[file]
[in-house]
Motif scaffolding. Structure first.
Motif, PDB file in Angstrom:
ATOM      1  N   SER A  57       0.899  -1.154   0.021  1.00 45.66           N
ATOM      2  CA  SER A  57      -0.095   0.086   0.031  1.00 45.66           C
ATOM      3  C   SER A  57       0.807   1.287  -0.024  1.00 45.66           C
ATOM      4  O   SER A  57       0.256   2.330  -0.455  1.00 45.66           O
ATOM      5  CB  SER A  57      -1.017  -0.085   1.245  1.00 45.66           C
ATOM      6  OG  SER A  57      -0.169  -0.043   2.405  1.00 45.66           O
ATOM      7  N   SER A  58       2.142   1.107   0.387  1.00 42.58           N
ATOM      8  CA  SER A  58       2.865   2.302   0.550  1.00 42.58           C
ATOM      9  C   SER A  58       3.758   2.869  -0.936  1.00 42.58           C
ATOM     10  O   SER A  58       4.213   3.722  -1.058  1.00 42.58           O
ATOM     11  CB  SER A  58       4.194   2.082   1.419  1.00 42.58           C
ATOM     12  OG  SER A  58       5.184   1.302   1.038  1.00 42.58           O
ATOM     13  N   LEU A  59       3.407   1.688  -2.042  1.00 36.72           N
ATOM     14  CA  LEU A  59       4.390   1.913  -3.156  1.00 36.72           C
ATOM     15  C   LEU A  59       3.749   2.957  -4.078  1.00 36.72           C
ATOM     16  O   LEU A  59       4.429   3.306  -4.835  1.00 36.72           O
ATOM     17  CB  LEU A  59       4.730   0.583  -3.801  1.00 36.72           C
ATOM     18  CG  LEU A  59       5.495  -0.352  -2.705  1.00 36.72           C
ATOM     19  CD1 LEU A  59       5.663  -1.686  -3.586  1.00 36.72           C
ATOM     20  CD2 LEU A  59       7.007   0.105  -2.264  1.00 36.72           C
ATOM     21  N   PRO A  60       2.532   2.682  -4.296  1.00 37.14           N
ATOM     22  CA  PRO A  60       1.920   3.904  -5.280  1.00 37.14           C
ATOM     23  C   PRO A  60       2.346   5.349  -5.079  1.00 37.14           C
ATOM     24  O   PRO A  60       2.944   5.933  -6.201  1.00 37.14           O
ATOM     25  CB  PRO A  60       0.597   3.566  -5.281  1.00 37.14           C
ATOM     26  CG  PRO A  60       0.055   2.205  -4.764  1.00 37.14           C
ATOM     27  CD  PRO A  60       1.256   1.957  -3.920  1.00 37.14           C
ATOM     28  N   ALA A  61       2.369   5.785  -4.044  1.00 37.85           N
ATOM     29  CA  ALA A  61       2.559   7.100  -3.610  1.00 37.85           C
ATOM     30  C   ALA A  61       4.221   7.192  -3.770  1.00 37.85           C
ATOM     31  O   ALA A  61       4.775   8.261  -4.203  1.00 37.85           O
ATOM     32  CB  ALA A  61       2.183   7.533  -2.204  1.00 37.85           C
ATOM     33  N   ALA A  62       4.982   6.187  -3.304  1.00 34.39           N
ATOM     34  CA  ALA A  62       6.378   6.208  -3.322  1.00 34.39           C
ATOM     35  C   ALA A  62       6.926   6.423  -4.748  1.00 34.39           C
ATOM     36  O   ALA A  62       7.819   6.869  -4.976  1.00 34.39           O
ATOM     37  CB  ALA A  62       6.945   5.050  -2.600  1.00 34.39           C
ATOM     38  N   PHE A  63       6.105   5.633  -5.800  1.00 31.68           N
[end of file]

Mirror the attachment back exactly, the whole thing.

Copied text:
[in-house]
Motif scaffolding. Structure first.
Motif, PDB file in Angstrom:
ATOM      1  N   SER A  57       0.899  -1.154   0.021  1.00 45.66           N
ATOM      2  CA  SER A  57      -0.095   0.086   0.031  1.00 45.66           C
ATOM      3  C   SER A  57       0.807   1.287  -0.024  1.00 45.66           C
ATOM      4  O   SER A  57       0.256   2.330  -0.455  1.00 45.66           O
ATOM      5  CB  SER A  57      -1.017  -0.085   1.245  1.00 45.66           C
ATOM      6  OG  SER A  57      -0.169  -0.043   2.405  1.00 45.66           O
ATOM      7  N   SER A  58       2.142   1.107   0.387  1.00 42.58           N
ATOM      8  CA  SER A  58       2.865   2.302   0.550  1.00 42.58           C
ATOM      9  C   SER A  58       3.758   2.869  -0.936  1.00 42.58           C
ATOM     10  O   SER A  58       4.213   3.722  -1.058  1.00 42.58           O
ATOM     11  CB  SER A  58       4.194   2.082   1.419  1.00 42.58           C
ATOM     12  OG  SER A  58       5.184   1.302   1.038  1.00 42.58           O
ATOM     13  N   LEU A  59       3.407   1.688  -2.042  1.00 36.72           N
ATOM     14  CA  LEU A  59       4.390   1.913  -3.156  1.00 36.72           C
ATOM     15  C   LEU A  59       3.749   2.957  -4.078  1.00 36.72           C
ATOM     16  O   LEU A  59       4.429   3.306  -4.835  1.00 36.72           O
ATOM     17  CB  LEU A  59       4.730   0.583  -3.801  1.00 36.72           C
ATOM     18  CG  LEU A  59       5.495  -0.352  -2.705  1.00 36.72           C
ATOM     19  CD1 LEU A  59       5.663  -1.686  -3.586  1.00 36.72           C
ATOM     20  CD2 LEU A  59       7.007   0.105  -2.264  1.00 36.72           C
ATOM     21  N   PRO A  60       2.532   2.682  -4.296  1.00 37.14           N
ATOM     22  CA  PRO A  60       1.920   3.904  -5.280  1.00 37.14           C
ATOM     23  C   PRO A  60       2.346   5.349  -5.079  1.00 37.14           C
ATOM     24  O   PRO A  60       2.944   5.933  -6.201  1.00 37.14           O
ATOM     25  CB  PRO A  60       0.597   3.566  -5.281  1.00 37.14           C
ATOM     26  CG  PRO A  60       0.055   2.205  -4.764  1.00 37.14           C
ATOM     27  CD  PRO A  60       1.256   1.957  -3.920  1.00 37.14           C
ATOM     28  N   ALA A  61       2.369   5.785  -4.044  1.00 37.85           N
ATOM     29  CA  ALA A  61       2.559   7.100  -3.610  1.00 37.85           C
ATOM     30  C   ALA A  61       4.221   7.192  -3.770  1.00 37.85           C
ATOM     31  O   ALA A  61       4.775   8.261  -4.203  1.00 37.85           O
ATOM     32  CB  ALA A  61       2.183   7.533  -2.204  1.00 37.85           C
ATOM     33  N   ALA A  62       4.982   6.187  -3.304  1.00 34.39           N
ATOM     34  CA  ALA A  62       6.378   6.208  -3.322  1.00 34.39           C
ATOM     35  C   ALA A  62       6.926   6.423  -4.748  1.00 34.39           C
ATOM     36  O   ALA A  62       7.819   6.869  -4.976  1.00 34.39           O
ATOM     37  CB  ALA A  62       6.945   5.050  -2.600  1.00 34.39           C
ATOM     38  N   PHE A  63       6.105   5.633  -5.800  1.00 31.68           N